Archive for the ‘FYI’ category

FISA Approved NSA Surveillance

Sun,19 March, 2006

 AT WAR
Listening to the Enemy
The legal ground on which the president stands
BYRON YORK

In early September 2002, just before the first anniversary of the September 11 terrorist attacks, a group of lawyers gathered in a heavily protected, windowless room in the Department of Justice building in Washington. There were three federal appeals-court judges, Laurence Silberman, Edward Leavy, and Ralph Guy. There was Theodore Olson, the U.S. solicitor general. There was Larry Thompson, the deputy attorney general. And there was John Yoo, the Justice official who had closely studied questions of war powers and presidential authority. Rounding out the group were a few other department staffers, one official from the FBI, and David Addington, Vice President Cheney’s top lawyer.

The purpose of the meeting was to argue a case whose details remain so classified that they are known by only a few people, but whose outcome, a decision known as In re: Sealed Case, has become one of the key documents in the hottest argument in Washington today: the fight over what President Bush calls the “terrorist surveillance” of persons with known al-Qaeda connections, and what the president’s opponents call “domestic spying.”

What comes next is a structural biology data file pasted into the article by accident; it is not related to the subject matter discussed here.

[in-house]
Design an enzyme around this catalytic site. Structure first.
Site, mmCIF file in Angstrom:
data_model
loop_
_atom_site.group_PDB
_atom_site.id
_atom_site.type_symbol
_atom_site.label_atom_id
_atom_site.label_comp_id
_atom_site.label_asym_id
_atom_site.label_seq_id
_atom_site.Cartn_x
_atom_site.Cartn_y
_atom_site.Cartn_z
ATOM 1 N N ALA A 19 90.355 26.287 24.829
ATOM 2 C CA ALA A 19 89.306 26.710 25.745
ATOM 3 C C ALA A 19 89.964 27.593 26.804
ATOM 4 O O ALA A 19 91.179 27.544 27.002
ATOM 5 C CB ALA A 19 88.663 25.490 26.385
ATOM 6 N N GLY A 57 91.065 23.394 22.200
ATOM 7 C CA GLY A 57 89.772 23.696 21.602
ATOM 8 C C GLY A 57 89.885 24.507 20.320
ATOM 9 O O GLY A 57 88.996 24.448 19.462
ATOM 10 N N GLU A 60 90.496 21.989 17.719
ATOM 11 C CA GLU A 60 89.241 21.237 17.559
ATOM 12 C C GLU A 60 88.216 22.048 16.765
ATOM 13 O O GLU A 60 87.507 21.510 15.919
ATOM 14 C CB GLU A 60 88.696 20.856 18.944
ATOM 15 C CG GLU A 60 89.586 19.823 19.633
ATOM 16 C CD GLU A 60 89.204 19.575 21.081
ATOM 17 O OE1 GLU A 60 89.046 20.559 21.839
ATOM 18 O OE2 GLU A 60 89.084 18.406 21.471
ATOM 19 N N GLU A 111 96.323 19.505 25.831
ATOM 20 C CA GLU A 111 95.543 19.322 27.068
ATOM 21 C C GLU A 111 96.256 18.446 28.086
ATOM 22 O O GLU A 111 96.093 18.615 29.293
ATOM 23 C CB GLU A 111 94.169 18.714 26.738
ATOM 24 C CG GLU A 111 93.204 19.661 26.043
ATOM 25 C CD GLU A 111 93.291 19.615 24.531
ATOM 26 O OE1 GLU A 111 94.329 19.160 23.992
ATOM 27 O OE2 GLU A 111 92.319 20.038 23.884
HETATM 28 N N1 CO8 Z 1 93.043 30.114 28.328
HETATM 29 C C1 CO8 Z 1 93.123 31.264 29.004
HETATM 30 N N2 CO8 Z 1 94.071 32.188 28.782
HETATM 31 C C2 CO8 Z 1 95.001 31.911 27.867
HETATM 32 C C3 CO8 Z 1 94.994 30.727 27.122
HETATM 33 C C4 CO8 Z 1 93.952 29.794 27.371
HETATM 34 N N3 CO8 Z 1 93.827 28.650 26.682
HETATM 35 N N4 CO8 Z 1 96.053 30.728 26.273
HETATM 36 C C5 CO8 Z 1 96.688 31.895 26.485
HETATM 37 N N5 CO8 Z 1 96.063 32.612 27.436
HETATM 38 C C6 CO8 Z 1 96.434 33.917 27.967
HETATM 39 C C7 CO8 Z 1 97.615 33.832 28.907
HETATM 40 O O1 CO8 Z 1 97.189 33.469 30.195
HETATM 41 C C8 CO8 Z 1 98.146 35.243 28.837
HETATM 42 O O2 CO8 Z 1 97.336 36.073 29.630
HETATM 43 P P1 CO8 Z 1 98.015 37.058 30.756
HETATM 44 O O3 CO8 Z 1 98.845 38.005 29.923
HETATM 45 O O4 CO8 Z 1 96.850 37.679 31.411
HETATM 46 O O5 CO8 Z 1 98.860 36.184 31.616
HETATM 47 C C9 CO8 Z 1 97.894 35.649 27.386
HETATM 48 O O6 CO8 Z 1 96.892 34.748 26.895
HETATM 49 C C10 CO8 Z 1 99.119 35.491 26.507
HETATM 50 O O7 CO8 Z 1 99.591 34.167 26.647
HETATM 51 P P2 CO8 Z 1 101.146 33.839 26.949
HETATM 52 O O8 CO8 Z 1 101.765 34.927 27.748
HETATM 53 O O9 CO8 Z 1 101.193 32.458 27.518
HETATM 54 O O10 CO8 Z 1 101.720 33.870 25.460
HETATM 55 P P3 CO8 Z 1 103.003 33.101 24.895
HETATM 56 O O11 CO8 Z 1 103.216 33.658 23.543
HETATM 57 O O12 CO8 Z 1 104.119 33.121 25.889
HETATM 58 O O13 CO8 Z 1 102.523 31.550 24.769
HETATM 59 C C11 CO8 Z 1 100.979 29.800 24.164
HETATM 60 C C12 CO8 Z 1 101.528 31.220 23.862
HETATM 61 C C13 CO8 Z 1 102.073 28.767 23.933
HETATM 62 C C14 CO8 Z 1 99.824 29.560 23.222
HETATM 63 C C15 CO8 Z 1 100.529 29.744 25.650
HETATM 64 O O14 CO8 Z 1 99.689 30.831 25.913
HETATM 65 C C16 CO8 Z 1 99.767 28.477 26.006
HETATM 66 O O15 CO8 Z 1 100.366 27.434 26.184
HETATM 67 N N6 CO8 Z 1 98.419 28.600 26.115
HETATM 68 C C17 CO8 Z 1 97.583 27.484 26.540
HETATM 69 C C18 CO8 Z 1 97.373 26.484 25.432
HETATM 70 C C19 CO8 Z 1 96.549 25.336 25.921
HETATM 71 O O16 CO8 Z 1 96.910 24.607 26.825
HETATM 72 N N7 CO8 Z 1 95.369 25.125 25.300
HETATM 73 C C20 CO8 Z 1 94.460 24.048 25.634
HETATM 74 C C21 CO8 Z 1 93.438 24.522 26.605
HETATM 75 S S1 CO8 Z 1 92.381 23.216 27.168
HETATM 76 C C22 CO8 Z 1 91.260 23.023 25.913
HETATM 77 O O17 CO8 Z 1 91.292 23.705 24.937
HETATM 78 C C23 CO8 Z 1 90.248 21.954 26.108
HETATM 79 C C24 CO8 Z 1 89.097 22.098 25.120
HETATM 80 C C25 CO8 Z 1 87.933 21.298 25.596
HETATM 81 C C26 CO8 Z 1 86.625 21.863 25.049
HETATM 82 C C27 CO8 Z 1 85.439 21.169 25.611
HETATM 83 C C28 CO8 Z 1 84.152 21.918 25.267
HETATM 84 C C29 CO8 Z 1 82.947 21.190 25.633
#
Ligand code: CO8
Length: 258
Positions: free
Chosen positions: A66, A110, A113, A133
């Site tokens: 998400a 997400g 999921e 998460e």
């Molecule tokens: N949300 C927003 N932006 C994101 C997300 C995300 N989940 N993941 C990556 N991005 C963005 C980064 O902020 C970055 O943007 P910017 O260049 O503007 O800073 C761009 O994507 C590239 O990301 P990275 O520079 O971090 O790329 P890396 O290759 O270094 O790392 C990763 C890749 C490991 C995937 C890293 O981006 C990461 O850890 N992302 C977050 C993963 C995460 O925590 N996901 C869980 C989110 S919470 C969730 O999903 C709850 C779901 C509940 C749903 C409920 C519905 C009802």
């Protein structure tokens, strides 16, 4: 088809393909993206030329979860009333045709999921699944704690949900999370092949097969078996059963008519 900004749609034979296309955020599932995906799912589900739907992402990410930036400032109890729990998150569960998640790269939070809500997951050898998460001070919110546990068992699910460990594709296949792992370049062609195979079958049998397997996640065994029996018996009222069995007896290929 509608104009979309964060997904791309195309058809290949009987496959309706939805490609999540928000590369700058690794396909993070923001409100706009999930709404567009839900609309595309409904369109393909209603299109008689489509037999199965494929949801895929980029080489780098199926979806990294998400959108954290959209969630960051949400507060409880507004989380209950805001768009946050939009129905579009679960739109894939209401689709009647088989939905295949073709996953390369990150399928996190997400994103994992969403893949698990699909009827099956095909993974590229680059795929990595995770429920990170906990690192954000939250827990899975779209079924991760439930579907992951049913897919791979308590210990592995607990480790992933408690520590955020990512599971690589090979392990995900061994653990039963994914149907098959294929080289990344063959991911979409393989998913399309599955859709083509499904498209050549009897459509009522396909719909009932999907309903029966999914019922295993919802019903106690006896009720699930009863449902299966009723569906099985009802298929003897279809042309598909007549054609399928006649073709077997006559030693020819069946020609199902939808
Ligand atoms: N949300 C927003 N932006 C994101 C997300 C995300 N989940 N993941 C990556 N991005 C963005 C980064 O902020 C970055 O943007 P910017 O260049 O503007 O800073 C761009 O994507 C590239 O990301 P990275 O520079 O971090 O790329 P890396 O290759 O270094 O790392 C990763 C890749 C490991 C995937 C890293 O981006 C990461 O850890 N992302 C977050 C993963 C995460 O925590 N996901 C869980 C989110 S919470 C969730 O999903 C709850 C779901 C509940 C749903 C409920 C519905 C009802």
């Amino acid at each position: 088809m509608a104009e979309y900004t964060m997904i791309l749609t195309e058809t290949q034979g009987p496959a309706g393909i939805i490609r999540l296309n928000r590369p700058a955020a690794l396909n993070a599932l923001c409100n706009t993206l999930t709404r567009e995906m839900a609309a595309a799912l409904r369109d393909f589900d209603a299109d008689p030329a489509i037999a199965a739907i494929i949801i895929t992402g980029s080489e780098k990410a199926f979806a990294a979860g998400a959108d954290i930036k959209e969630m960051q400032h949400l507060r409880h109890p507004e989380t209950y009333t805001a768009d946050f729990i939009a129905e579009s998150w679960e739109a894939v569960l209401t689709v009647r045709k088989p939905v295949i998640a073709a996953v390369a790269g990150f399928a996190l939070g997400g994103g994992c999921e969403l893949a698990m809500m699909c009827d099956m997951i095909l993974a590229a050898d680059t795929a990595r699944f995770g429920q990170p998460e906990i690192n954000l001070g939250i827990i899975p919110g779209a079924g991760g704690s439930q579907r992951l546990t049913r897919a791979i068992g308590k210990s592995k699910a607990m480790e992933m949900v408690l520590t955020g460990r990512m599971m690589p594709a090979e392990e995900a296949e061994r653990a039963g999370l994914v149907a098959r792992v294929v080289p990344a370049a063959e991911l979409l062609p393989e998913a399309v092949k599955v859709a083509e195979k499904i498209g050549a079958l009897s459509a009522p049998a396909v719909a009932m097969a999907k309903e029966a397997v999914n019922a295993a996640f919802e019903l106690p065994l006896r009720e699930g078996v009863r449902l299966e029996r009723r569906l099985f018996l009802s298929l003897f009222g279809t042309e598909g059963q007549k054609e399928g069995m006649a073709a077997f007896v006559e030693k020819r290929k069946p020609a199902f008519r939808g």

The three judges made up what is known as the FISA Court of Review. It was created in 1978 by the now-famous Foreign Intelligence Surveillance Act. The act required that the president go to the so-called FISA Court to seek a warrant for surveillance in top-secret foreign-intelligence cases. For any disputed decisions that might arise, Congress also created the Court of Review, a sort of super-secret appeals court.

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